Good question. Cano looks like he is in fantastic shape and he might have the bulk to handle the beating that 2nd base dishes out. His bat is obviously awesome and will play any where for a while. If they have to shift him to LF or 3b or something down the line, he should have the bat and arm for those positions for a long time. I think it will be a long, long time before Cano is limited to first. I say sign him. He's a better bet than donkey face and way more likeable that ICR. I don't much care how smart of a move it is.
   5. RollingWave Posted: August 13, 2012 at 11:08 PM (#4207707)
@2: yes, but Carew played in an age where the majority of players were singles slappers that never drew a walk, from an OPS+ POV Carew is still quite frankly the better player, but not being a better player than Rod Carew isn't exactly a damning statement. If Cano holds up well he should easily be a comparable player to Jeff Kent (and probably less hated, even while being a Yankee)

For a long time, one of the Yankees’ greatest strengths has been how good they are at judging their own players.


Riggght... Austin Jackson and Tyler Clippard says hi, and they were also sorta / kinda wrong about Melky Cabrera (at least the post Braves version)

   6. Best Regards, President of Comfort Posted: August 13, 2012 at 11:29 PM (#4207720)
Riggght... Austin Jackson and Tyler Clippard says hi, and they were also sorta / kinda wrong about Melky Cabrera (at least the post Braves version)
It's not like they dumped Jackson or Cabrera. They traded Jackson for Curtis Granderson, and Cabrera for Javier Vazquez after getting Granderson. And a lot of people outside of NY were pissed that they got Vazquez for Cabrera.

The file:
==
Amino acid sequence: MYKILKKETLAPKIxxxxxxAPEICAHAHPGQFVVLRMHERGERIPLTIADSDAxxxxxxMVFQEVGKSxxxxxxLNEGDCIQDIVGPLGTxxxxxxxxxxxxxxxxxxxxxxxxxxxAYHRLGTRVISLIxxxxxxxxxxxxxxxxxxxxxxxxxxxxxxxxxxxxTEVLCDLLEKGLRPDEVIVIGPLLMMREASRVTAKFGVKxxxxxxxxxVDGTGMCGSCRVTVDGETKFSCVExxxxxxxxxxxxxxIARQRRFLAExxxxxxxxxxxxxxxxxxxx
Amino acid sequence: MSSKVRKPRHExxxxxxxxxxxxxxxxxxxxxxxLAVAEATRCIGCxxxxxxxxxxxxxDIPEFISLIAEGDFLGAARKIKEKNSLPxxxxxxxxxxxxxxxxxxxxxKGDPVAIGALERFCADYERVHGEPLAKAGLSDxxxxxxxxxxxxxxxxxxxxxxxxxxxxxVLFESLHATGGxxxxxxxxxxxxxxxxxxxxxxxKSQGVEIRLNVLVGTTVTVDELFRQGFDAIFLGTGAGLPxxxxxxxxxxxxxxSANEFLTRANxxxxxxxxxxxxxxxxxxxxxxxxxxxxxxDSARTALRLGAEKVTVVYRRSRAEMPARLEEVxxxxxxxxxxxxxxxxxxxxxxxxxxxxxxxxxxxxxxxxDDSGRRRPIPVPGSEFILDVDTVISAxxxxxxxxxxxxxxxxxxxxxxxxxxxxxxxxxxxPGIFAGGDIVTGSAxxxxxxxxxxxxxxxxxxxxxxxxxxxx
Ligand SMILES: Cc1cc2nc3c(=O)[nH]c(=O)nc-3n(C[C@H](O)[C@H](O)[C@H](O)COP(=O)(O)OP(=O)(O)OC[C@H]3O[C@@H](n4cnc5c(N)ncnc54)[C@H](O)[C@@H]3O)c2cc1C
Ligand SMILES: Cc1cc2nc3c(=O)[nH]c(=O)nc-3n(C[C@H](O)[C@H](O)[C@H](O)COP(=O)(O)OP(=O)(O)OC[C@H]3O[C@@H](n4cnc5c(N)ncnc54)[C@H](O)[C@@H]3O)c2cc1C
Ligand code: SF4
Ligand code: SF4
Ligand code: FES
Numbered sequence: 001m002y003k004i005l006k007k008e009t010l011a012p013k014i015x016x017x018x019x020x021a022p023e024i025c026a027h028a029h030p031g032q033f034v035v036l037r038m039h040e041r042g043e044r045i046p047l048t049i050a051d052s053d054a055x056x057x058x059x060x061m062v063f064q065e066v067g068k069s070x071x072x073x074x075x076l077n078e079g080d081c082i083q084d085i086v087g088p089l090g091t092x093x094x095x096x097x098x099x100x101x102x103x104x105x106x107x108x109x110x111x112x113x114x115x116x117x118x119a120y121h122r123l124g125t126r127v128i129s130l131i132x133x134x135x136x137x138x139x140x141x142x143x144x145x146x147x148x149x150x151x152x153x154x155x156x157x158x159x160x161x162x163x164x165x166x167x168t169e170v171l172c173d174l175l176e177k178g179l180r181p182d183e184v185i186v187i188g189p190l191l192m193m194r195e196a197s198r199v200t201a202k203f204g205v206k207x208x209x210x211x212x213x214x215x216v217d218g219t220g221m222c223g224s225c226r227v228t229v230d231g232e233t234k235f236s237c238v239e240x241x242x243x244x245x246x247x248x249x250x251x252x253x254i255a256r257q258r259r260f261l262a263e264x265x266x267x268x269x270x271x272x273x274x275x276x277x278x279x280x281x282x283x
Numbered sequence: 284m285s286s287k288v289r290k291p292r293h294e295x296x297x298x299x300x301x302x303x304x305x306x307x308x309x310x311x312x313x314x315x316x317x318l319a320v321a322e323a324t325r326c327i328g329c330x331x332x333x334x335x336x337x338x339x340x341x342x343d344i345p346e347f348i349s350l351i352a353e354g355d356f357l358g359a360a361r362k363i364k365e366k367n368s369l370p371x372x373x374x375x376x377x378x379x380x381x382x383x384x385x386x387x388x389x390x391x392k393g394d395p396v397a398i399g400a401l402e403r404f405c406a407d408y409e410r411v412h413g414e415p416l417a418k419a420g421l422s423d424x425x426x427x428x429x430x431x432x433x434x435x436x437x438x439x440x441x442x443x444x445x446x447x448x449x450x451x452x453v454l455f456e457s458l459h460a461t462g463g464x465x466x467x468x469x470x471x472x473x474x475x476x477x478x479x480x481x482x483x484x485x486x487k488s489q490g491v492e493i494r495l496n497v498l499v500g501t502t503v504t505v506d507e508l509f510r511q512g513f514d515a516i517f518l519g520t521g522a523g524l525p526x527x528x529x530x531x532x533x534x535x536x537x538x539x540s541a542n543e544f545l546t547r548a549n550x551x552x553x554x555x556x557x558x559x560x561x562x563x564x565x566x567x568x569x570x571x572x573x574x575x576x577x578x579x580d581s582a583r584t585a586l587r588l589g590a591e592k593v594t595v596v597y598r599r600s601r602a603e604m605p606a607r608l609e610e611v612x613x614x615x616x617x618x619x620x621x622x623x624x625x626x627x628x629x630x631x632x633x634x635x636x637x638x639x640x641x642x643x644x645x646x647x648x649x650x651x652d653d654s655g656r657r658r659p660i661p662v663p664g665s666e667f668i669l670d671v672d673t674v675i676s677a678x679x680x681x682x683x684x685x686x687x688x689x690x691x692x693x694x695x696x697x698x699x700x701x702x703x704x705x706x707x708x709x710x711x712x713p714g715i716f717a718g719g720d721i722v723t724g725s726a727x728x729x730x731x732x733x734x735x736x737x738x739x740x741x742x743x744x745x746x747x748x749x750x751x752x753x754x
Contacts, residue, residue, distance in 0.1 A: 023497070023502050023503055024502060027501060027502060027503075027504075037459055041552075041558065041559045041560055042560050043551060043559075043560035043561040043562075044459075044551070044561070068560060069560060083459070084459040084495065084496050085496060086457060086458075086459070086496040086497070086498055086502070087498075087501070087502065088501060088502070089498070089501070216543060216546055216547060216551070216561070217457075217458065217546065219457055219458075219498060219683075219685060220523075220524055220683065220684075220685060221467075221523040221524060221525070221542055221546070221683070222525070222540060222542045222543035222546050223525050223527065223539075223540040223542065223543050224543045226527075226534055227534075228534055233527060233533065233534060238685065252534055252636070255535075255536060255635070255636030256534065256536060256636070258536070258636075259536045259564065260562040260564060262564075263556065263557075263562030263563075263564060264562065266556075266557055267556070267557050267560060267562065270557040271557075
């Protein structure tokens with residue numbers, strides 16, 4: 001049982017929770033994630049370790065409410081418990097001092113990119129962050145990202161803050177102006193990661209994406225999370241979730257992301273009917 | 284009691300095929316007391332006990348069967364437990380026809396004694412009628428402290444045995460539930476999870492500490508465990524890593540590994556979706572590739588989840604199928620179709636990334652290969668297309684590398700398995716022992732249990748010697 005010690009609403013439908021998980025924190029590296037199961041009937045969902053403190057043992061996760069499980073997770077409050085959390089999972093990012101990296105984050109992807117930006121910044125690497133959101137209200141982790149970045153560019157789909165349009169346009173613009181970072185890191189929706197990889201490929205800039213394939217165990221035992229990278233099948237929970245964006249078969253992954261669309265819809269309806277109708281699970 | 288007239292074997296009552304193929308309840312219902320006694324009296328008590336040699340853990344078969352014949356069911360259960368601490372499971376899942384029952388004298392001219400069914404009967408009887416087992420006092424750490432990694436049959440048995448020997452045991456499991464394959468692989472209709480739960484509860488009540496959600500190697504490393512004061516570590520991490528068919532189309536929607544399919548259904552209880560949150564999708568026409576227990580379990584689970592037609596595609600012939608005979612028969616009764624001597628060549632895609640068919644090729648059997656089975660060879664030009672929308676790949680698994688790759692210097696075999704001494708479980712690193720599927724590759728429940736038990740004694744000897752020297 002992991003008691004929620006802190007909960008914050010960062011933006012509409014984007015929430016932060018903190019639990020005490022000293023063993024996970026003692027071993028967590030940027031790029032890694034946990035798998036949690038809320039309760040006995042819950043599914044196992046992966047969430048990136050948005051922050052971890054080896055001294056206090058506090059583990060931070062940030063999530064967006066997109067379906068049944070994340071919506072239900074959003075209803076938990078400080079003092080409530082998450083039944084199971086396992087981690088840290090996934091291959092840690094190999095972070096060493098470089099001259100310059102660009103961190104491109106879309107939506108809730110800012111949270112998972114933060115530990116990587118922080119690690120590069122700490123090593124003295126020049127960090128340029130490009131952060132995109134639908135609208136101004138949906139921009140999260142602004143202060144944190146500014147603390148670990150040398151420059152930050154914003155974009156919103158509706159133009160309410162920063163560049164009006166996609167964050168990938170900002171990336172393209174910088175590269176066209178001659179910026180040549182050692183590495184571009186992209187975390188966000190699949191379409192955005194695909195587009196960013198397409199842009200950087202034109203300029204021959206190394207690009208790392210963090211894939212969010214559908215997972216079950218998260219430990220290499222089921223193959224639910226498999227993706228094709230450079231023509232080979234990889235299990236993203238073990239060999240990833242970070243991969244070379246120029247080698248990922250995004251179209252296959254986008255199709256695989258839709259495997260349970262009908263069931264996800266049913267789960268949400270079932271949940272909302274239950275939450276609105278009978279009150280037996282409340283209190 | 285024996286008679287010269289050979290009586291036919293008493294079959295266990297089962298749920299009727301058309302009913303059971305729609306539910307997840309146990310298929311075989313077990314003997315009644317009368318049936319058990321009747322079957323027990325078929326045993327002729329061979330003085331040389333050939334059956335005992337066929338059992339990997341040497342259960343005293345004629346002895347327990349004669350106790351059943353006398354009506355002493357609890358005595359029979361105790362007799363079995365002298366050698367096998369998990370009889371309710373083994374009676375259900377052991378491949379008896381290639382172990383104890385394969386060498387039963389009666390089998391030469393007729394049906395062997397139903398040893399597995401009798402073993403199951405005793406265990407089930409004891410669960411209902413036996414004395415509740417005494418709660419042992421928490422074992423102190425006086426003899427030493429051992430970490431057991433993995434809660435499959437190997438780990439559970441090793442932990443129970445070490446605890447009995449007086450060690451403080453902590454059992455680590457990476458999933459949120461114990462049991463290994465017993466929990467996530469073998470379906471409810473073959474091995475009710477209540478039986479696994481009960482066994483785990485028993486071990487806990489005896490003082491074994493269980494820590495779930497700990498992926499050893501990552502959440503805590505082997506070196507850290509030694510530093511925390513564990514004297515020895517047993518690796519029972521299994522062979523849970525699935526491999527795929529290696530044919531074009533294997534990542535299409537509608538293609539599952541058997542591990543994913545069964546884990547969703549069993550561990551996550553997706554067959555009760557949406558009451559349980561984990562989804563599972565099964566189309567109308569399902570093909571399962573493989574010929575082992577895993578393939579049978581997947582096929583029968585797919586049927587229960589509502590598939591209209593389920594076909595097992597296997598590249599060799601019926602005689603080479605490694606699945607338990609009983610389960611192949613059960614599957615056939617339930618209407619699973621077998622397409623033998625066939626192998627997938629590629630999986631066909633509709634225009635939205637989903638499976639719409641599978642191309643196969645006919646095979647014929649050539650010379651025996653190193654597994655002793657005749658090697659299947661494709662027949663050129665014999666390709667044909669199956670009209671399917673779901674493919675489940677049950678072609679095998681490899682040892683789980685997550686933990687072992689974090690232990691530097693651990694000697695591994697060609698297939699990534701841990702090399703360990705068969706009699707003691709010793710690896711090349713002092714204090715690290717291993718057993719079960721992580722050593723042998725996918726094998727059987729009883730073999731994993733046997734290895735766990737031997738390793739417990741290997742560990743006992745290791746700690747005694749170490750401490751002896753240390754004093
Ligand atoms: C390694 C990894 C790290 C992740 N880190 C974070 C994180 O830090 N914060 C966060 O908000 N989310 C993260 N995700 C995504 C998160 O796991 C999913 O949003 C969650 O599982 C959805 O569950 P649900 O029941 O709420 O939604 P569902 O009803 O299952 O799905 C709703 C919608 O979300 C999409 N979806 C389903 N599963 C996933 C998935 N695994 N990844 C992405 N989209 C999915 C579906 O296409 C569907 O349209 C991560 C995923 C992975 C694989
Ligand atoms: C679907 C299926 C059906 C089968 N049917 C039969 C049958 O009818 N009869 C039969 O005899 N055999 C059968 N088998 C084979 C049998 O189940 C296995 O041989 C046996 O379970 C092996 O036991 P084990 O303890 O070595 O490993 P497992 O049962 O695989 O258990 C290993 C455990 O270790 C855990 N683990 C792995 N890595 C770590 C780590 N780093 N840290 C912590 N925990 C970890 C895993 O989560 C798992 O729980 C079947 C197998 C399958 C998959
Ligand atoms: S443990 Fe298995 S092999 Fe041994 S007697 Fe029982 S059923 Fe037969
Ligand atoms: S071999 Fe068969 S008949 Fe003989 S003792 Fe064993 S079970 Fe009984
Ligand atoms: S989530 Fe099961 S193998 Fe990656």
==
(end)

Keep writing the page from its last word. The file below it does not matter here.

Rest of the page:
7. STEAGLES is all out of bubblegum Posted: August 13, 2012 at 11:43 PM (#4207728)
he's a fine player, but i'm not sure how much power he'd retain if he weren't playing half his games in a stadium with an absurdly short power alley in RF.

   8. 'zop sympathizes with the wrong ####### people Posted: August 13, 2012 at 11:48 PM (#4207735)
he's a fine player, but i'm not sure how much power he'd retain if he weren't playing half his games in a stadium with an absurdly short power alley in RF.


Cano has either opposite field (fastballs, mainly) or dead pull (breaking balls) power. He probably uses the RF power alley less than any lefty on the Yankees.

Tex and Granderson, on the other hand . . .
   9. Cowboy Popup Posted: August 13, 2012 at 11:56 PM (#4207741)
he's a fine player, but i'm not sure how much power he'd retain if he weren't playing half his games in a stadium with an absurdly short power alley in RF.